Christopher Plaisier, an assistant professor of biomedical engineering, has been mentoring FURI and MORE students for three years. His work focuses on genetic research for discovering diagnostic and prognostic biomarkers and new drug targets. In his lab, Plaisier trains his students to be cross-disciplinary researchers.
What made you want to get involved as a FURI faculty mentor?
Undergraduates are at the start of their professional careers. Any skills and experience they pick up now will considerably impact their growth into biomedical engineers. Mentoring undergraduate students through FURI allows me to train the next generation of interdisciplinary engineers who can tackle the big problems we currently face.
What is your favorite part about seeing your students conduct research?
In a classroom, students learn the basic principles that will make up what they will likely undertake in their careers. Researching real-world projects puts those principles into action and brings home why those ideas are so important. This contextualization of ideas is a fundamental step in learning, and it always amazes me how meaningful these experiences are.
How have your student researchers had an effect on your research? Have they come up with any research surprises or proposed new directions for your lab?
The FURI students in my lab have pushed forward an immunotherapy angle that was not initially part of my research plan. The results have been very impressive, and we are gearing up to conduct some validation studies shortly. Additionally, a FURI student has pushed forward a website for our mesothelioma gene regulatory networks that will be released as soon as the manuscript on that work is published sometime next year.
What have you gained from being a FURI mentor? How has the experience been rewarding for you?
I benefited greatly from mentors who took the time to teach me the practical side of research. This extra training beyond my undergraduate studies has been instrumental in my success. I hope to foster an environment where students can gain research skills and experience. I enjoy training, mentoring and working with undergraduate students. The FURI program has helped me to retain students from first-years to seniors. It is rewarding to see each student grow in knowledge, experience and confidence and see how they apply themselves after graduating from ASU.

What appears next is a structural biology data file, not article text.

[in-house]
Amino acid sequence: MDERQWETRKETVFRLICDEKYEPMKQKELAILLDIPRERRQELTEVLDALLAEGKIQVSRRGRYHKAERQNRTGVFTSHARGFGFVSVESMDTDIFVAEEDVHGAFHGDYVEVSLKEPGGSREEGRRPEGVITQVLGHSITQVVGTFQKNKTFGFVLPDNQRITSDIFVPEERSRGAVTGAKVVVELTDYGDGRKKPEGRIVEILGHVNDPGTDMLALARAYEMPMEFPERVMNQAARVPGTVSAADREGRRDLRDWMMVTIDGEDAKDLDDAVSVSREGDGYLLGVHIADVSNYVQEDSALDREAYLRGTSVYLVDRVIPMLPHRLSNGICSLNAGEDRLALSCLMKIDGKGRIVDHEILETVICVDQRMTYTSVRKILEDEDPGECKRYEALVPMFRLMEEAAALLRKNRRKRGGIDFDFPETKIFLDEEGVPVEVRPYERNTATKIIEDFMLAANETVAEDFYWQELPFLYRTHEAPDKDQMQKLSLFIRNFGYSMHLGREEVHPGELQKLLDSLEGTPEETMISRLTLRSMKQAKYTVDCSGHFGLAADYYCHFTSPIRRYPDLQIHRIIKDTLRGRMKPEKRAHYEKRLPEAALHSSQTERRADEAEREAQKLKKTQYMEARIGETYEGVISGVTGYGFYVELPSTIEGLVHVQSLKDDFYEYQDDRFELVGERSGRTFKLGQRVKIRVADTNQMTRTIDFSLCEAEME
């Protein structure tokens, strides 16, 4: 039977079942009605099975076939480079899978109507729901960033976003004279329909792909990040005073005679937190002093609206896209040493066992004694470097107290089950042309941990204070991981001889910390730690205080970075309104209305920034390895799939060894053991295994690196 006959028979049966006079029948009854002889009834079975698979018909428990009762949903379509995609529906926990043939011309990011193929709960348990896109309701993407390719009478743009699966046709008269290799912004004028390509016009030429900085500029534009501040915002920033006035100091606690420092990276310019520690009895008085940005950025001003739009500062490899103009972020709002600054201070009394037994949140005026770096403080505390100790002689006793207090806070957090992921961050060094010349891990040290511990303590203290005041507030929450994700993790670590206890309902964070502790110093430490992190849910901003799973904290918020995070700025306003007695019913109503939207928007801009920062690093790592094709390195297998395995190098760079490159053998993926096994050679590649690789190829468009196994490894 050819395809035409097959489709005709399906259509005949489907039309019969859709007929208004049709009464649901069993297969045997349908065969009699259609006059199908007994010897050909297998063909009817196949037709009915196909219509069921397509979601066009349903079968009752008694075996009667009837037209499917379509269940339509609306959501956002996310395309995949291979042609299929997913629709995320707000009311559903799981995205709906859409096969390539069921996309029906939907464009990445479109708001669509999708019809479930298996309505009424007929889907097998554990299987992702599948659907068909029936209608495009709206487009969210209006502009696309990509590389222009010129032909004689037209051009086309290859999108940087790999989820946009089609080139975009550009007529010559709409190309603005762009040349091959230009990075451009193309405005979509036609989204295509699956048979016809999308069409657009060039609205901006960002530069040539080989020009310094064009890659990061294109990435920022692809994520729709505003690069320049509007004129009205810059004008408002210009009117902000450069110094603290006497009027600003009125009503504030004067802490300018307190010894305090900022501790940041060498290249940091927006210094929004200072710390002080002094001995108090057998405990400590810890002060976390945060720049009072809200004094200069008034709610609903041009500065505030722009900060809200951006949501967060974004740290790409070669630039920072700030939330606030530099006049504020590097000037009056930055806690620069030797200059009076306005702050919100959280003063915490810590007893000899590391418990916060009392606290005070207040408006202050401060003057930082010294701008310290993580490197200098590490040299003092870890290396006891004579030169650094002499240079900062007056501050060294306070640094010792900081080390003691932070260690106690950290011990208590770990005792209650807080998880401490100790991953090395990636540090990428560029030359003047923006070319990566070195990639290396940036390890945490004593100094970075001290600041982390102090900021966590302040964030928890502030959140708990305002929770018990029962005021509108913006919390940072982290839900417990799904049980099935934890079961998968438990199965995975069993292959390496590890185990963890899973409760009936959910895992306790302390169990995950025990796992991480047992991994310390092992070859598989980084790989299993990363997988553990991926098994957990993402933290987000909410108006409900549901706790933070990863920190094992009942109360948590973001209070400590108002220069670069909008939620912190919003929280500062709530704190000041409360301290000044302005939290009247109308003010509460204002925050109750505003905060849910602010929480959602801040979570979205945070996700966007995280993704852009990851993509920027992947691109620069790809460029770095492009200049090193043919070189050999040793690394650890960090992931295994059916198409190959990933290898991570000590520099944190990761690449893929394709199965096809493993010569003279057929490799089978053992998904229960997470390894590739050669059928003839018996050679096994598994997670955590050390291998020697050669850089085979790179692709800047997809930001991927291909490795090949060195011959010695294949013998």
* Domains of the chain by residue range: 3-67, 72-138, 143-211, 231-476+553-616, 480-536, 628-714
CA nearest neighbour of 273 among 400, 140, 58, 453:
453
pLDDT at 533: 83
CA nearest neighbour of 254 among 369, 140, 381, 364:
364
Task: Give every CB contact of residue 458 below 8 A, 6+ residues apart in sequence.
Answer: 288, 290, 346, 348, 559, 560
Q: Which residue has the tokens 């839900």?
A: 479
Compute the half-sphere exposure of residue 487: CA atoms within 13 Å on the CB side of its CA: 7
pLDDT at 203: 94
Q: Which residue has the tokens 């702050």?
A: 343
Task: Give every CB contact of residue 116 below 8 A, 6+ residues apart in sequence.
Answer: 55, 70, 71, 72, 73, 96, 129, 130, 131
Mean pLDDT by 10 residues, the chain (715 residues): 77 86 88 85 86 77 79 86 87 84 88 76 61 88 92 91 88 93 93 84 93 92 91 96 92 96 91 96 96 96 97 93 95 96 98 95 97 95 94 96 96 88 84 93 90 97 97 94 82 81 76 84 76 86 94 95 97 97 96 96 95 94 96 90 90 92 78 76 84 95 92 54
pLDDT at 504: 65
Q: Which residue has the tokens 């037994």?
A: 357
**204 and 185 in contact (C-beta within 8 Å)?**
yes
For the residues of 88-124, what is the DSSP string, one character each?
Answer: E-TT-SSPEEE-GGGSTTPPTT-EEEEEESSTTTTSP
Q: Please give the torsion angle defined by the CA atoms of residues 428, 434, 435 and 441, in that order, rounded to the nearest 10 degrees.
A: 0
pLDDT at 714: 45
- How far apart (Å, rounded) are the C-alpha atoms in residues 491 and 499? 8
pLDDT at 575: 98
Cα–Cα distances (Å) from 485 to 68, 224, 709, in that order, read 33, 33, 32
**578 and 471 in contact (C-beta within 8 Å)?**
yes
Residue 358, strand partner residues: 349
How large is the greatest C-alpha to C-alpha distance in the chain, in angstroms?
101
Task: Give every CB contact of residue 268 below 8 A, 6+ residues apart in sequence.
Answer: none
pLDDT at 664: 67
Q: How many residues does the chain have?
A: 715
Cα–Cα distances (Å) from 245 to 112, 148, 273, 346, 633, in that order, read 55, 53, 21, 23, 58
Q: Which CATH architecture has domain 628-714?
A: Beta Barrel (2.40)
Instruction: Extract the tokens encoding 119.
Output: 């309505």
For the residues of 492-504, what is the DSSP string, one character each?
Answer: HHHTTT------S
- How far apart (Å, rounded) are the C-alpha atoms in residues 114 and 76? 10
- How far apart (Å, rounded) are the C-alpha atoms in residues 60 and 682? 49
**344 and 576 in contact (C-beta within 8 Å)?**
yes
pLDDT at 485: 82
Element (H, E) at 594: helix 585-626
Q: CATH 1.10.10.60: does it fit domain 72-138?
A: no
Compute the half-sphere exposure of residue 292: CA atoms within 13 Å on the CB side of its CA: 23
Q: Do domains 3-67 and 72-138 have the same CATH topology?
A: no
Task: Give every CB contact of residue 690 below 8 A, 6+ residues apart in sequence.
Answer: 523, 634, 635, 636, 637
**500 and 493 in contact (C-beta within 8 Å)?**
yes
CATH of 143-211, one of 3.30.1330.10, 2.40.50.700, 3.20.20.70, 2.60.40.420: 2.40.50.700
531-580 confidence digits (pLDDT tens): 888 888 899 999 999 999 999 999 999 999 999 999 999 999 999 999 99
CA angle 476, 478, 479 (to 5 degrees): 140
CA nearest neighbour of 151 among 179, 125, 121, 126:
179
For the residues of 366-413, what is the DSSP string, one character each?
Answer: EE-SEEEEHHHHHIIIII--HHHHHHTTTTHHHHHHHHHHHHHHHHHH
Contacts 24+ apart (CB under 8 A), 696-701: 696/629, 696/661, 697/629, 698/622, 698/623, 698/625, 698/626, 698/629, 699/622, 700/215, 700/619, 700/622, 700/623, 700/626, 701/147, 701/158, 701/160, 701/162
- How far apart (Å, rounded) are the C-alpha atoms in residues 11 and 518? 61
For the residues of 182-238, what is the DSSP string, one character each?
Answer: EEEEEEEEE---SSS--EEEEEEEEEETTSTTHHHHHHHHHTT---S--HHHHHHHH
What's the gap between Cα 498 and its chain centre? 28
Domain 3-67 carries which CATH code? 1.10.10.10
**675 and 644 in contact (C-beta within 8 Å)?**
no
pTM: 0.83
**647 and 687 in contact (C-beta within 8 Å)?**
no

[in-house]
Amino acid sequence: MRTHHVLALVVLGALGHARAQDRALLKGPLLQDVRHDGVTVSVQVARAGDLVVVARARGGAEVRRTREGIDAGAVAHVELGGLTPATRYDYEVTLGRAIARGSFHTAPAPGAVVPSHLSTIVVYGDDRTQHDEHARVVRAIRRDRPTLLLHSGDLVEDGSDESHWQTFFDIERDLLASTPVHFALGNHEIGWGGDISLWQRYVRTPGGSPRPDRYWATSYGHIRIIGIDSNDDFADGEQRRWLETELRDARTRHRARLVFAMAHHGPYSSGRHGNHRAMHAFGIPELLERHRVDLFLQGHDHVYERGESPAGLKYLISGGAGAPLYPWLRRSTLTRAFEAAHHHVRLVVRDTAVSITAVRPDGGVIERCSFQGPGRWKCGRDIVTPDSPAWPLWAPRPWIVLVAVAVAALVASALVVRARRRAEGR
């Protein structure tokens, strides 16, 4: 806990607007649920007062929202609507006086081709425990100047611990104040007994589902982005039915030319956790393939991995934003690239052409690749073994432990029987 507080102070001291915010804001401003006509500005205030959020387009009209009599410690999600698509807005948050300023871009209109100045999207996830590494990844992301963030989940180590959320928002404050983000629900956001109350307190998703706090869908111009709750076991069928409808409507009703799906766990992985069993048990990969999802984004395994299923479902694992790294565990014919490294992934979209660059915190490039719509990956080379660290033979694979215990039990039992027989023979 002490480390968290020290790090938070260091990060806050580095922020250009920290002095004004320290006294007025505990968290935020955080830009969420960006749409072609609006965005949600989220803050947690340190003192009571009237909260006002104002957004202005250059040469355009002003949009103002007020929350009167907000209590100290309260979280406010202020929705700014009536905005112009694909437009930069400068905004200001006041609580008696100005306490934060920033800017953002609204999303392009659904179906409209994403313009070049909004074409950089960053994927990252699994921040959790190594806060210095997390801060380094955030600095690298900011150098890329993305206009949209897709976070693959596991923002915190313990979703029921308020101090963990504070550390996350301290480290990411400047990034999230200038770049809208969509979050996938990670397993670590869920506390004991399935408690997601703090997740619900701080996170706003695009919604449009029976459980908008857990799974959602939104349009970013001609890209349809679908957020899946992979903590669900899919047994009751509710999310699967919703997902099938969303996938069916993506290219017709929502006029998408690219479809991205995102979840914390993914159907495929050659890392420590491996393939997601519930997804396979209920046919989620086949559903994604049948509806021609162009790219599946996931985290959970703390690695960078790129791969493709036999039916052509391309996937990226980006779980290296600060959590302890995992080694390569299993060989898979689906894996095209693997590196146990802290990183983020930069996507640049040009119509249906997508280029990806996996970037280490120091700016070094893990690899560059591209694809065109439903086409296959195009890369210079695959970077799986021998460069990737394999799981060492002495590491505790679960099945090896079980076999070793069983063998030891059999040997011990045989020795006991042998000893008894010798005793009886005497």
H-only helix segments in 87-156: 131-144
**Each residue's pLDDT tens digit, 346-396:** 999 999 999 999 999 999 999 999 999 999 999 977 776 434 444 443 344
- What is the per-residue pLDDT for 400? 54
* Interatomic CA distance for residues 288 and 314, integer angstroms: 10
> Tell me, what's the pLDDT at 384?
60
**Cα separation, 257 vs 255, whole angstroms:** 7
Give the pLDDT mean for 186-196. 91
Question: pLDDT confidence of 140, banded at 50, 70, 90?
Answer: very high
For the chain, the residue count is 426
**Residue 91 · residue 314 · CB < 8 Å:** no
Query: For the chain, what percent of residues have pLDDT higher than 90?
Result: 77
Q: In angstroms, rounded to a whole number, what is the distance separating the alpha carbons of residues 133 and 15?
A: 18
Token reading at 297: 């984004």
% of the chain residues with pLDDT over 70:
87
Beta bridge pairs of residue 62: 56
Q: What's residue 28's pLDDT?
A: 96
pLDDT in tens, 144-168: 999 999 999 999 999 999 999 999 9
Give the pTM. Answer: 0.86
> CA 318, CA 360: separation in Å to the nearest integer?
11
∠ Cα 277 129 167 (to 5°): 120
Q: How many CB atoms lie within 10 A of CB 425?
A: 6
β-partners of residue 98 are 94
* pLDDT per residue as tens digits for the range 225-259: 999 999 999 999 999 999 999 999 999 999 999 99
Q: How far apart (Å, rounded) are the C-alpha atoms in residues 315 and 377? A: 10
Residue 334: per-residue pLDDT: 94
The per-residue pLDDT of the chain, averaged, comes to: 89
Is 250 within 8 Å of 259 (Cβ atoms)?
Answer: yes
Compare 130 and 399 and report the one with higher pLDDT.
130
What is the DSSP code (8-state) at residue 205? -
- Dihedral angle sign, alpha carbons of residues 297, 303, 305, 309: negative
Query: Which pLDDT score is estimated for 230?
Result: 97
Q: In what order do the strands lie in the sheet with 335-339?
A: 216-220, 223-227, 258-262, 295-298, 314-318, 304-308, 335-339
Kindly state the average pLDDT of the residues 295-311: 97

What advice would you give to students who might be interested in participating in FURI or MORE?
Go for it. It is vital for students to learn what research is before they commit to graduate studies. FURI is an excellent opportunity for students to learn whether research is something they would like to pursue in the future. Also, FURI and MORE are great opportunities to learn things beyond what you get in the classroom. For those considering graduate school, you should absolutely apply for FURI. Just find a professor whose research interests you and see if they would support you and apply! The odds are good!
Why should other faculty members become FURI or MORE mentors?
Mentorship is essential for students to find their place in the field of engineering. Faculty mentorship is an investment in the future of engineering and ensures that the field is filled with well-trained, excited and diverse people. We faculty members need to seize the opportunity represented by so many capable undergraduates, and FURI is a great incentive to recruit students into the lab.